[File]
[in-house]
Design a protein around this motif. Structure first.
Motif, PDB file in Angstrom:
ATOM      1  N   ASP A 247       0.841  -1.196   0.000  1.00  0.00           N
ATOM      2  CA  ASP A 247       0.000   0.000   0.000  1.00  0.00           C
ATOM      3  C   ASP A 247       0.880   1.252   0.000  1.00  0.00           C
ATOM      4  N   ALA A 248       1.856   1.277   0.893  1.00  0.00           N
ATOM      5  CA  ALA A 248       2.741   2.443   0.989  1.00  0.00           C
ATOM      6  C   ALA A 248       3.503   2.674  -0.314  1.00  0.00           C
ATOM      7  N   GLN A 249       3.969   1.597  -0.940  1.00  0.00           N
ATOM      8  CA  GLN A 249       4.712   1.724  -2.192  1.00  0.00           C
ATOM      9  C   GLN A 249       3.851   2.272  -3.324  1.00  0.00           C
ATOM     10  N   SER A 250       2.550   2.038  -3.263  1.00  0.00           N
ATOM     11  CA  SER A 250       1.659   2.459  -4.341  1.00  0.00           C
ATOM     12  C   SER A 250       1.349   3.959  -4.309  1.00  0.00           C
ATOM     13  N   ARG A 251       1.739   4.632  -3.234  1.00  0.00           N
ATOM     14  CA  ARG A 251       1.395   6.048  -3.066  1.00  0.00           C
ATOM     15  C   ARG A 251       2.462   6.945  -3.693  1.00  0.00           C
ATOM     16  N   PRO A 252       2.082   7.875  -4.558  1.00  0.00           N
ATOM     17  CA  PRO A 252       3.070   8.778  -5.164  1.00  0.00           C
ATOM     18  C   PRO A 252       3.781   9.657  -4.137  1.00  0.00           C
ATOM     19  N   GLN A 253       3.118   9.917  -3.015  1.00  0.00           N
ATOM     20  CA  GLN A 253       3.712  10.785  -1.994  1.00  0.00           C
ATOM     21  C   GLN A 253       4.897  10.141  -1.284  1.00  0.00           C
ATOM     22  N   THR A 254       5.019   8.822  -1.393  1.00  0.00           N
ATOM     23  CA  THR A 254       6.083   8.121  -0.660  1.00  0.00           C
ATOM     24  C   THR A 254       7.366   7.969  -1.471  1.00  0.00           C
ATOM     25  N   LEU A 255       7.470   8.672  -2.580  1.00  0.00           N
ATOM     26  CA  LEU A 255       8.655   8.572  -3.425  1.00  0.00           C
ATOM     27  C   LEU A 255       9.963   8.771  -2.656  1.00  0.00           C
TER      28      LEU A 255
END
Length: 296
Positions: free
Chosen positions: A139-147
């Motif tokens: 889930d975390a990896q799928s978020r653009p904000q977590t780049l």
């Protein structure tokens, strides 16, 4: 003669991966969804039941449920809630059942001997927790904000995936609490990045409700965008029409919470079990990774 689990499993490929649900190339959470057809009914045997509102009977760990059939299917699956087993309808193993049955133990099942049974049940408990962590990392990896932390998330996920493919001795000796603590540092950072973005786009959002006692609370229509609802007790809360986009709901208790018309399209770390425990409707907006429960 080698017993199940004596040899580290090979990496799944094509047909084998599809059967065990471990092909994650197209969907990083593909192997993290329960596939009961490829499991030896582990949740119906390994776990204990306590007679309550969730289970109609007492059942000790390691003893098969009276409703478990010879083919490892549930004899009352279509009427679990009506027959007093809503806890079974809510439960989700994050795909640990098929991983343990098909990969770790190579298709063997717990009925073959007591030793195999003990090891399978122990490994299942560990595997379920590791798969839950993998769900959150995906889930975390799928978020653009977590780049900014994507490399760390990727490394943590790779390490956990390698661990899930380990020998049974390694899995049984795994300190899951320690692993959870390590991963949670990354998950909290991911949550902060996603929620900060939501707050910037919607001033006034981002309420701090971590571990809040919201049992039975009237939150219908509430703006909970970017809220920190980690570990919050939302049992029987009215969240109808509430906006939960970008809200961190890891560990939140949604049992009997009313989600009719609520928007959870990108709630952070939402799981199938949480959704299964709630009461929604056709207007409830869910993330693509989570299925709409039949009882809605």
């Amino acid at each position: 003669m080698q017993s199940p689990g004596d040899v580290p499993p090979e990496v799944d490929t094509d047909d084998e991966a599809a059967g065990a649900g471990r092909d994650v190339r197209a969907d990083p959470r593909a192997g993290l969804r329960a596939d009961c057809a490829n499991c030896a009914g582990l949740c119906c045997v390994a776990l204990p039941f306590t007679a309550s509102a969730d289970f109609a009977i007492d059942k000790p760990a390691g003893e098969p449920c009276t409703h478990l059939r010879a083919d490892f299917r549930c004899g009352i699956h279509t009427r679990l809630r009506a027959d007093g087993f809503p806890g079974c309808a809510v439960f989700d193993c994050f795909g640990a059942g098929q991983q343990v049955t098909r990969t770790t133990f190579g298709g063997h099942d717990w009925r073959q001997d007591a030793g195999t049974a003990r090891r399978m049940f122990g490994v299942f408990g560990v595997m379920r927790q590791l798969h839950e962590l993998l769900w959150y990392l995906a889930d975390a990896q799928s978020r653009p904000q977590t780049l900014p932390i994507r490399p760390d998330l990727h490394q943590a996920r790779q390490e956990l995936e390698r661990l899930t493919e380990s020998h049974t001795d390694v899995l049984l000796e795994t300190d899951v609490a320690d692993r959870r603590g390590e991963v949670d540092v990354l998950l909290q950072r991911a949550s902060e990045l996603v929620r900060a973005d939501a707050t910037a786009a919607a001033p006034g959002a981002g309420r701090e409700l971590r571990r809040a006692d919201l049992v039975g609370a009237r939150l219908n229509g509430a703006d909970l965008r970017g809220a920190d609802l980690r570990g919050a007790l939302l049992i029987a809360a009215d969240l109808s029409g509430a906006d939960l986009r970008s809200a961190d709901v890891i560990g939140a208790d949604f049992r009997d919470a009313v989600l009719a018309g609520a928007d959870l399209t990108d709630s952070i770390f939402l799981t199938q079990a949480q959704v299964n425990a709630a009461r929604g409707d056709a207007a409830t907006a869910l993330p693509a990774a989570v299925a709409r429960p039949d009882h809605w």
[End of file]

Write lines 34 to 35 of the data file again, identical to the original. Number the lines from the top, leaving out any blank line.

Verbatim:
Positions: free
Chosen positions: A139-147